Parsnips, for instance, are a great source of Vitamin C which promotes healthy bones and teeth. They are also a great source of fibre and antioxidants. The humble cabbage contains Vitamin A and D. Apples also provide fibre and antioxidants. Coconut is brilliant for your pooches’ skin and coat as it contains vitamins E and K as well as iron.

Of course, these superfoods need to be fed to your pooch as part of an all-round balanced diet, but why not choose a dog food that includes some, your dog will benefit and have that bit more bounce – just like you experienced when you started to add them to yours!

What shouldn't a dog eat?

There are some foods that us humans have no problem in digesting that are incredibly toxic to dogs. These include but are not limited to onions, garlic, chocolate, grapes, raisins and others such as fatty table scraps and sweet biscuits that can cause all sorts of problems.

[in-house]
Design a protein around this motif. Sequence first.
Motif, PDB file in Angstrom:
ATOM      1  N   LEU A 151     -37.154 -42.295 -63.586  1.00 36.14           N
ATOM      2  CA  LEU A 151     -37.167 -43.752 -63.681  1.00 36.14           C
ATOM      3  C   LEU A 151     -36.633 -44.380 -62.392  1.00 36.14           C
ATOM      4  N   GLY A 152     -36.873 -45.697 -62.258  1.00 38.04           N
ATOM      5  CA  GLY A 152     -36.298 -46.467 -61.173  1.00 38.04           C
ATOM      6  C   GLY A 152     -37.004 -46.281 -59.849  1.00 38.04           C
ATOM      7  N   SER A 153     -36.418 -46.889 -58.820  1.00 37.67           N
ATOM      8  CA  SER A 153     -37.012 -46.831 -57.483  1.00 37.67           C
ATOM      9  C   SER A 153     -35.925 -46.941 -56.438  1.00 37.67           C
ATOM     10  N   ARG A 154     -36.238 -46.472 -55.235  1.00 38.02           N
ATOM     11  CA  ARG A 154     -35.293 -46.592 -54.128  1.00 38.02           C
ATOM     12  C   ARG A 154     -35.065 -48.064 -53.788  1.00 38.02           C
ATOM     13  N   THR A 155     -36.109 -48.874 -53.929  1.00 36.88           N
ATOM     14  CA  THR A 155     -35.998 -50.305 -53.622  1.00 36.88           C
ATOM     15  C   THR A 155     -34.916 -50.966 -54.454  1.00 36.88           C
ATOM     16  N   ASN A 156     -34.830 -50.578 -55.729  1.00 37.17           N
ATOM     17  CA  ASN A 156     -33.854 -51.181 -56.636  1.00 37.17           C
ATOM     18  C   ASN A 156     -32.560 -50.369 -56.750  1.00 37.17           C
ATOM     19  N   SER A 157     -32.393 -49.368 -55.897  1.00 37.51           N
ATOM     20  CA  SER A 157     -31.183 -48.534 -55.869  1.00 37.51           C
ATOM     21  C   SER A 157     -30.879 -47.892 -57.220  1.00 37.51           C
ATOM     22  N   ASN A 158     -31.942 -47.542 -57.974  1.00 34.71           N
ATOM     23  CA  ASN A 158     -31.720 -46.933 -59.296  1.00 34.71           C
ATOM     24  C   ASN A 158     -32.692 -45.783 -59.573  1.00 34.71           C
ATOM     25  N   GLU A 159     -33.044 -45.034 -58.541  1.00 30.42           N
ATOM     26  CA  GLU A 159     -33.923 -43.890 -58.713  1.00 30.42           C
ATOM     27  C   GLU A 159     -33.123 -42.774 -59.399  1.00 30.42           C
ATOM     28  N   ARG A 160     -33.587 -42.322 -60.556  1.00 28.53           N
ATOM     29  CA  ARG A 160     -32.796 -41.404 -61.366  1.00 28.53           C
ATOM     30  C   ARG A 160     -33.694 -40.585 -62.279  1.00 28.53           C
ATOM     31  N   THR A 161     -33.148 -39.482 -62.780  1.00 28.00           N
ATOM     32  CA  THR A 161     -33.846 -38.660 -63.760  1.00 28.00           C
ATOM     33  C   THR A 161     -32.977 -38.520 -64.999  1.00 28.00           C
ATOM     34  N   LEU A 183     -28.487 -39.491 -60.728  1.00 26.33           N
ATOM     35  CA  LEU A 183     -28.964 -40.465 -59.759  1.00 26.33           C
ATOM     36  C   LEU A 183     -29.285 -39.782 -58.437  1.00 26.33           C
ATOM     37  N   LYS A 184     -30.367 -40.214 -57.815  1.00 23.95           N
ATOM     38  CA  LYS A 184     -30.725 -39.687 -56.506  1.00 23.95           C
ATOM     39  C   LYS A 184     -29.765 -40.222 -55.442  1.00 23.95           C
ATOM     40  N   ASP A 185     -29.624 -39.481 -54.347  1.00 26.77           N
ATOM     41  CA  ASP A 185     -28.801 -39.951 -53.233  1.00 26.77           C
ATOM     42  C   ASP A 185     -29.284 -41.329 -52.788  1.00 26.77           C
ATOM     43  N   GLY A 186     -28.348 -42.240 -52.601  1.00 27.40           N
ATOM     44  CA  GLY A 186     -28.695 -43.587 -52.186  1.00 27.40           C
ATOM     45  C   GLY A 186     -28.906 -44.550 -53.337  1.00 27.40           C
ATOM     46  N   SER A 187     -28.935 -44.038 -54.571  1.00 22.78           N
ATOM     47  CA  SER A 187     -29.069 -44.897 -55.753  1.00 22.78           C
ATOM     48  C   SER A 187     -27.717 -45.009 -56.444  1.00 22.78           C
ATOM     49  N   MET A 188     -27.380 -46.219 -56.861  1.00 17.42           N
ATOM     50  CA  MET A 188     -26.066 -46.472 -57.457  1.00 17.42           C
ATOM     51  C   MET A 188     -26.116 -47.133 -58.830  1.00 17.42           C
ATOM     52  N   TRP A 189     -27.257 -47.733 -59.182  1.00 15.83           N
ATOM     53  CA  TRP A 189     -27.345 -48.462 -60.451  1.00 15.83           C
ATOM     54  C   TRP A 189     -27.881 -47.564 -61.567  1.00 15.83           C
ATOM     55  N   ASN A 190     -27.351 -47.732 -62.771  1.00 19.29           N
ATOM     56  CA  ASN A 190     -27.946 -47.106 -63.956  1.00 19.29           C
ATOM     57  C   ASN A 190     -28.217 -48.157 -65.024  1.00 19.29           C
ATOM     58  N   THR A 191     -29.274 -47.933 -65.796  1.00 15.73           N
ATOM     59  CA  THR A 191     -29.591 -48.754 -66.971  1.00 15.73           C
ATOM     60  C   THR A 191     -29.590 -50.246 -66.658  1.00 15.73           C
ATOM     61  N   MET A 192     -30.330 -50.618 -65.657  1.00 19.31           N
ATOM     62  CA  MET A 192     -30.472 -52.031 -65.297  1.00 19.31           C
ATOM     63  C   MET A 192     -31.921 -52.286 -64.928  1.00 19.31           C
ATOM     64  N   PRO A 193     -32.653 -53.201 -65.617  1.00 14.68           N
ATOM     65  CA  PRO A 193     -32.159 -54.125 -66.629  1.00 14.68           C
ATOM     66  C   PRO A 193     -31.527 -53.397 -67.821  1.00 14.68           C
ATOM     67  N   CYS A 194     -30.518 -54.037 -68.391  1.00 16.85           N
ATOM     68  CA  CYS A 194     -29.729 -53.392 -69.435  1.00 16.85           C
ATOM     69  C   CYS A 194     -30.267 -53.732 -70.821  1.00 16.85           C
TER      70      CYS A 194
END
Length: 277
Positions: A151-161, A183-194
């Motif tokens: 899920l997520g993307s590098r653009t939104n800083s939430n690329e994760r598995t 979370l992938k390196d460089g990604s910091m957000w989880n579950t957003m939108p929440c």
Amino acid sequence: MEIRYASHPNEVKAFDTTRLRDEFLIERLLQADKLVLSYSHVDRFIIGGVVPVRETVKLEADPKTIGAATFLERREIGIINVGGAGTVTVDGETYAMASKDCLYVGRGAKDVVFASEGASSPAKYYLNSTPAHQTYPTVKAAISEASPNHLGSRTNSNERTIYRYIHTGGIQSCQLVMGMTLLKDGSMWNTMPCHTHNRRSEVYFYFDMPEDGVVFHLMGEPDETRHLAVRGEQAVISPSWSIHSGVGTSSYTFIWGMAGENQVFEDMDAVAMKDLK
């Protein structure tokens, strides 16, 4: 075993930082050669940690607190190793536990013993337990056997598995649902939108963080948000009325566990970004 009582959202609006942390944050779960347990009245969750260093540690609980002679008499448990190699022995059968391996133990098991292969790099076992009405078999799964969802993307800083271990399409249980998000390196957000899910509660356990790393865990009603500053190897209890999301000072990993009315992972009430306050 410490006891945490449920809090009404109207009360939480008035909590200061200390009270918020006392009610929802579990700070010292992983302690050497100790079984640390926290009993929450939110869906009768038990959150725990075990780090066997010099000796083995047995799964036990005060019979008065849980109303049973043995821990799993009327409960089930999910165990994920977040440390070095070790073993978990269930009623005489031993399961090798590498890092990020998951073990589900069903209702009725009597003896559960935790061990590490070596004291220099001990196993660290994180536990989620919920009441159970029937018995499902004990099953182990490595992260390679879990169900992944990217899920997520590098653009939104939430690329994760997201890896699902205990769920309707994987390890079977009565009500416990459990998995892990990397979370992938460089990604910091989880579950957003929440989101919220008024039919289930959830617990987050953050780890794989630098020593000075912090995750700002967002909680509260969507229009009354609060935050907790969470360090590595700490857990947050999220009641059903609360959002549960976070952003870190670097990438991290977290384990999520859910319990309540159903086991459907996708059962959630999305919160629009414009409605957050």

A diet high in fat, low in protein and bulked out by fillers such as wheat that have no or little benefits to your dog and/or includes preservatives is also best avoided. In fact, such a diet can cause your pooch to feel pretty uncomfortable and may create things like itchy skin and tummy upsets.

I go by the maxim that if I wouldn’t eat the ingredients in a dog food (albeit in a different form!) myself, I wouldn’t feed it to my dog.

What's the risk of an unbalanced diet?

Dogs that are receiving an unbalanced diet are prone to all sorts of issues including life-shortening obesity, bad breath, a dull coat, skin disorders, excessive shedding and an increased propensity to allergies. Inadequate nutrition can also be causal in several diseases such as pancreatitis and kidney disease.